When I was made aware of Pixar’s list of upcoming productions a couple of years ago, Brave was the project that interested me the most. It was the only one that wasn’t a sequel (the others being Toy Story 3, which was surprisingly good, and Cars 2, which was just as shit as we expected), and the fact that they would finally make a movie with a female lead character sounded wonderful. Then, taking into account that she would be an expert archer in pseudo-ancient Scotland, it seemed that Brave was going to be one hell of a flick.
Alas, the film isn’t as good as it should be.
Brave tells the tale of Merida, a young princess who wants nothing more than to be in charge of her own destiny. She loves horse riding through the wilderness, has a deadly aim when it comes to her bow and has absolutely zero interest in being a ‘proper’ princess. When she learns that she’s soon to be subjected to an arranged marriage to ensure peace amongst the rival clans, Merida decides enough is enough, and sets out to write her own future.
As with all Pixar films (save for Cars and its sequel), the animation and art design is superb. Merida herself has curly, unruly red locks that are so perfectly realised that I get the distinct impression that the ‘hair team’ contingent of the animation department must have comprised at least 100 workers. The same goes for the animal fur on display also – we’ve come a long way since Sulley’s turquoise and purple coat in Monsters, Inc.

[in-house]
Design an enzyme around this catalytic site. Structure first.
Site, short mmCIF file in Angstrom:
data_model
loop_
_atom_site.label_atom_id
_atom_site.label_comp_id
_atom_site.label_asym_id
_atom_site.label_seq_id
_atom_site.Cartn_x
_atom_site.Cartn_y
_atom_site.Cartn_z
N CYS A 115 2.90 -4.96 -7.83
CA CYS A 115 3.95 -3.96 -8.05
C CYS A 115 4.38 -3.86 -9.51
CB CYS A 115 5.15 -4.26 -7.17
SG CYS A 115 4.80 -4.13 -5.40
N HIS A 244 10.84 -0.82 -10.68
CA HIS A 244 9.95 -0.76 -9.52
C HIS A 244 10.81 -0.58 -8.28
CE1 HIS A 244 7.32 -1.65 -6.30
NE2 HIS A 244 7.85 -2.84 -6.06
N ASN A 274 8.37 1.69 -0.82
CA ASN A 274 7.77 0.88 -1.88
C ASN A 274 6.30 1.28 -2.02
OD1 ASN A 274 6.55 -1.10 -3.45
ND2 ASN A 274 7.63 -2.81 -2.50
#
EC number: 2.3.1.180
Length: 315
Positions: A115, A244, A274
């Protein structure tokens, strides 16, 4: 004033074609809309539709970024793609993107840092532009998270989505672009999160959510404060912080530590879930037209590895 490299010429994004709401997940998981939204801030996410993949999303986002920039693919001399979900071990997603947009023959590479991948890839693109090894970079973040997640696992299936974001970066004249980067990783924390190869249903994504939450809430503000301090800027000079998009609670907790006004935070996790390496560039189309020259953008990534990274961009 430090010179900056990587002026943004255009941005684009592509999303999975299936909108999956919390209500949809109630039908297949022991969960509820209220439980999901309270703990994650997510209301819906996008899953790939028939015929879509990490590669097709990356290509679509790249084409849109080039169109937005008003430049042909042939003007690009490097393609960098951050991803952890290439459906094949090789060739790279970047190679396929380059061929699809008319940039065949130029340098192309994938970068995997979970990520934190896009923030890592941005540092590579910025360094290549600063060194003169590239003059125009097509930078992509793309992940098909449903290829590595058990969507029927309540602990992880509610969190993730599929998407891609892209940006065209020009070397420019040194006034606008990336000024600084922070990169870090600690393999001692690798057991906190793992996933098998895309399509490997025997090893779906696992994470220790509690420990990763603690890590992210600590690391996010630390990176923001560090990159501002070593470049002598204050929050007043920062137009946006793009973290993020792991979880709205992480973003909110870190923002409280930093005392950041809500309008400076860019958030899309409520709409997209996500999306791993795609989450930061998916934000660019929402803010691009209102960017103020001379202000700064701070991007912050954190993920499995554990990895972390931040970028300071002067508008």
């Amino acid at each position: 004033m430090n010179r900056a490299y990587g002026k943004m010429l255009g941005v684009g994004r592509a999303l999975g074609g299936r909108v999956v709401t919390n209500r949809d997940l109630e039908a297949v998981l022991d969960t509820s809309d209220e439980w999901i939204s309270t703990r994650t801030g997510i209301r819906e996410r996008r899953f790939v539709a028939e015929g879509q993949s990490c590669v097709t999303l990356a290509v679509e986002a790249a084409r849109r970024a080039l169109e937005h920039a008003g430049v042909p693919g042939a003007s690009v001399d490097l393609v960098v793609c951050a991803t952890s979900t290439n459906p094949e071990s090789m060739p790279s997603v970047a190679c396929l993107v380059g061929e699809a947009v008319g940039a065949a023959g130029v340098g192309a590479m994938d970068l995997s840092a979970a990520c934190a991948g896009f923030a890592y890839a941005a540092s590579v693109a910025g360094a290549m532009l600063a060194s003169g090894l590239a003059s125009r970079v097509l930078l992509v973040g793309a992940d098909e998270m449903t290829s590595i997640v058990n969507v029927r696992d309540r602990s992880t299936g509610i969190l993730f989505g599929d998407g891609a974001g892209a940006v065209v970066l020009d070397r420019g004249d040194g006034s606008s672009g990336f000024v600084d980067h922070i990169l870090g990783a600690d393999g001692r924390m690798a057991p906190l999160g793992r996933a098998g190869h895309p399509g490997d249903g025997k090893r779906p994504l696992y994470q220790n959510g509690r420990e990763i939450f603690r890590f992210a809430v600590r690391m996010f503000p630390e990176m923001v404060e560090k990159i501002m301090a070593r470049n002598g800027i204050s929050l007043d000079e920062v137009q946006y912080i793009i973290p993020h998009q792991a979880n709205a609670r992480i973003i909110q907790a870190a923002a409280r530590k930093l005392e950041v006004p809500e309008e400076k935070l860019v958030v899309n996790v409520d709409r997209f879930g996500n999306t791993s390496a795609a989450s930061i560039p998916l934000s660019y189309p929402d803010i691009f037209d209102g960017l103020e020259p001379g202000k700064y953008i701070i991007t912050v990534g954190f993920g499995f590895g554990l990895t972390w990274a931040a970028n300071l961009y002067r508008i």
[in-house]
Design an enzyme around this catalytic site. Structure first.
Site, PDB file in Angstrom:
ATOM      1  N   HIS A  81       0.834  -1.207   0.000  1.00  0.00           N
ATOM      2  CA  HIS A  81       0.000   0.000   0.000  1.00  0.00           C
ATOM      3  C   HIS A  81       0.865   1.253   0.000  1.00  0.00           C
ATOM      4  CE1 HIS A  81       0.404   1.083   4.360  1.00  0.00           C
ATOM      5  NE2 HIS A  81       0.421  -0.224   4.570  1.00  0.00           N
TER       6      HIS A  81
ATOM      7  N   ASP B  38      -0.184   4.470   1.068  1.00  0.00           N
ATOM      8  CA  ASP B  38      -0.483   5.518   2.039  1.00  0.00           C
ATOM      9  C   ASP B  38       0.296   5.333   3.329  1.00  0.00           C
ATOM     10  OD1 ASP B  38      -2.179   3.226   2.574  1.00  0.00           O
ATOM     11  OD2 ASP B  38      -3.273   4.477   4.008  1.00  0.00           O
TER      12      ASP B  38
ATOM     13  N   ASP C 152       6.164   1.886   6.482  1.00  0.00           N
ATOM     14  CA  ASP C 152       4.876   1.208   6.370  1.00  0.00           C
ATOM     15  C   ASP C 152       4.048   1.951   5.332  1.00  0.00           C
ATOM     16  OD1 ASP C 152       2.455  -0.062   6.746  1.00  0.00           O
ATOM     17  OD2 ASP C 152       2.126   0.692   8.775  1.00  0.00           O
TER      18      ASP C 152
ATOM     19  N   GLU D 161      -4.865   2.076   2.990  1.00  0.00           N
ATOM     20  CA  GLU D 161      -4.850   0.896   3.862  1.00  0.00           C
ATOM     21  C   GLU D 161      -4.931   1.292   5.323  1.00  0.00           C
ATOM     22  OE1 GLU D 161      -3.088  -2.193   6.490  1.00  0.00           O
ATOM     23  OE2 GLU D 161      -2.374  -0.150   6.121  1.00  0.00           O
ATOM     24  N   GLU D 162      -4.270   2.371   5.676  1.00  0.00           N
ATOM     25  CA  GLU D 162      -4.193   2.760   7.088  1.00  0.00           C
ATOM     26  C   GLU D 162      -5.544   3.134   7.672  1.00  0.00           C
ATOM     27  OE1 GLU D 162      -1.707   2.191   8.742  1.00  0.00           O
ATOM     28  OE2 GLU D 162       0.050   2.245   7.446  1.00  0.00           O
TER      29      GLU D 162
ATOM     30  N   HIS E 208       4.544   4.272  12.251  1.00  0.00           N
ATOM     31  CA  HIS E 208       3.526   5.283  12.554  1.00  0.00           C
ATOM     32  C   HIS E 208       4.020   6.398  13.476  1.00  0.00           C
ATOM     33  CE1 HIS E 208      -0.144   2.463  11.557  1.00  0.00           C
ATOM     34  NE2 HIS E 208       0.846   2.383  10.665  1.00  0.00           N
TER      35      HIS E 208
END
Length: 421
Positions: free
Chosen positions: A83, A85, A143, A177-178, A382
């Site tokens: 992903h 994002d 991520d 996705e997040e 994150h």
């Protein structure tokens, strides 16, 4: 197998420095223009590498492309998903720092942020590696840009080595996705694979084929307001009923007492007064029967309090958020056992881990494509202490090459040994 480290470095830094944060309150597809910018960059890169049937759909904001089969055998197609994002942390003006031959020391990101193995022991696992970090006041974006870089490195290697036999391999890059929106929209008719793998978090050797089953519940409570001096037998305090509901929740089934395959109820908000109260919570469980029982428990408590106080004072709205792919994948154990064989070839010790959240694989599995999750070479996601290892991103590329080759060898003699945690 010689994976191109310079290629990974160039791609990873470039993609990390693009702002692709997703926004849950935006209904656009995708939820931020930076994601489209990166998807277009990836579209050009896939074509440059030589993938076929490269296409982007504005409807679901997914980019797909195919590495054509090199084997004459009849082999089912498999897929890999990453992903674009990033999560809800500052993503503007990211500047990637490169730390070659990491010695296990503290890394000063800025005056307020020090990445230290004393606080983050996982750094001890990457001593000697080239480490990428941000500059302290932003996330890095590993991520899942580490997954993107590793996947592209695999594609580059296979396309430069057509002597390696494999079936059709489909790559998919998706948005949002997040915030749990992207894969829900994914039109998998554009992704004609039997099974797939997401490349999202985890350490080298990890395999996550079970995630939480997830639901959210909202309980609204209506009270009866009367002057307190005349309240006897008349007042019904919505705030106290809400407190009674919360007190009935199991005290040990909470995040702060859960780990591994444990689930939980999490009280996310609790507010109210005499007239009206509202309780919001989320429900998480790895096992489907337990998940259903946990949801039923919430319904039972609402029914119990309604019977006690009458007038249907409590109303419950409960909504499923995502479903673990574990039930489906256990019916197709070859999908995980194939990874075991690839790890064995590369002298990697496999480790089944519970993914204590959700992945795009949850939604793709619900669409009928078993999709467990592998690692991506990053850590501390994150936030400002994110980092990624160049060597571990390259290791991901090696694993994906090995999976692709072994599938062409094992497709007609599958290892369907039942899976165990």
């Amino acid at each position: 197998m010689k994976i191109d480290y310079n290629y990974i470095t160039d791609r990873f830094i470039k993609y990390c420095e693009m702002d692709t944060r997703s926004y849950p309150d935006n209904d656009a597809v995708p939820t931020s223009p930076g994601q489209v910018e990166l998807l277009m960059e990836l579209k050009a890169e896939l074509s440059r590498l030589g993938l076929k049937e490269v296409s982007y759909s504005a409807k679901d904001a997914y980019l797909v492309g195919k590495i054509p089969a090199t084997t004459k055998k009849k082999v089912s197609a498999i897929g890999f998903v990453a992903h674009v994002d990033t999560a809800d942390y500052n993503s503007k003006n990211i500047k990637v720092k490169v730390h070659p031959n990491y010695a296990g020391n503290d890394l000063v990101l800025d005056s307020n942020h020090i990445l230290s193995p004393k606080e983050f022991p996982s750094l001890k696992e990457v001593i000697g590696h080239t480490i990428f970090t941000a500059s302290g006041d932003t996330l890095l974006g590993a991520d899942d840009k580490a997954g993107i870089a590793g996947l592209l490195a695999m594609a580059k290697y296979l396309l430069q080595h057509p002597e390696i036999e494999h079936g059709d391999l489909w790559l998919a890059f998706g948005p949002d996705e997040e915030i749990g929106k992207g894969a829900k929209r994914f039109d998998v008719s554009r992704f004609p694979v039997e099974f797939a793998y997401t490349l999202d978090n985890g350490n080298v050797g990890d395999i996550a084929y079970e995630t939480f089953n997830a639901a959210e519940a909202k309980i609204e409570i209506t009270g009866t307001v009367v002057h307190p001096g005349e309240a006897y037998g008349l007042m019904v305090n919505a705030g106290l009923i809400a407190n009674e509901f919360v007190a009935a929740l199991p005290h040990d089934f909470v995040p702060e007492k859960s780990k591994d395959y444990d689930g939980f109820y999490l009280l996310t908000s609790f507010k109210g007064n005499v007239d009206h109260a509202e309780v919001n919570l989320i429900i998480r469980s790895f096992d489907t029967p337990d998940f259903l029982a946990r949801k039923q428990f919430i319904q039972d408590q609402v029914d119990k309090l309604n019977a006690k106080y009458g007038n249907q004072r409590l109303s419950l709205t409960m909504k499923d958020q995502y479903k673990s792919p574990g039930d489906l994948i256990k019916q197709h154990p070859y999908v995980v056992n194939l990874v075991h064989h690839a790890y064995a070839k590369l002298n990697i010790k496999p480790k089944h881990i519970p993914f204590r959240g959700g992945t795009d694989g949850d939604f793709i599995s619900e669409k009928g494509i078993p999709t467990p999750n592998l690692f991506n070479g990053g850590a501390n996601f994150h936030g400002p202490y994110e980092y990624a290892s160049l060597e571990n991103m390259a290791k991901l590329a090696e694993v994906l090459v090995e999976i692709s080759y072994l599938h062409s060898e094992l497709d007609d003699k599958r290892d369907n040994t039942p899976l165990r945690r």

I did have a small problem with the animation itself, however. I think it has to do with the fact that they opted for photorealistic backgrounds and textures. During a few high-intensity moments, it was difficult to follow the action, as if the images were simply too detailed. I don’t remember having this problem with the likes of The Incredibles et. al., and I think this was because animation around that time was more or less texture-less. As the technology gets more and more realistic, there seems to be a temptation to overdo things. I had a similar problem with The Adventures of Tintin, come to think of it.
The biggest problem, however, is the story itself. The focus seems to shift more than once, and by the end of it I wasn’t entirely sure of the moral of the story. Sure, there are references to magic spells, fate and forging your own path, but as the credits rolled I was left with the feeling that the film deserved a more straightforward plot. Perhaps this is why writer/director Brenda Chapman was taken off the project late in the piece, or perhaps this failure is a direct consequence of the change in directors – who knows. But suffice to say, Brave is merely good enough without coming close to excellent.
Whilst the quality of Pixar’s films cannot be denied, this is the second stumble in recent times, and it makes me hope that such missteps are aberrations, rather than a sign that their increased workload is resulting in lesser films. One thing is for certain, however: after The Hunger Games and now Brave, there are going to be a lot of young girls signing up for archery lessons the world over.Rating: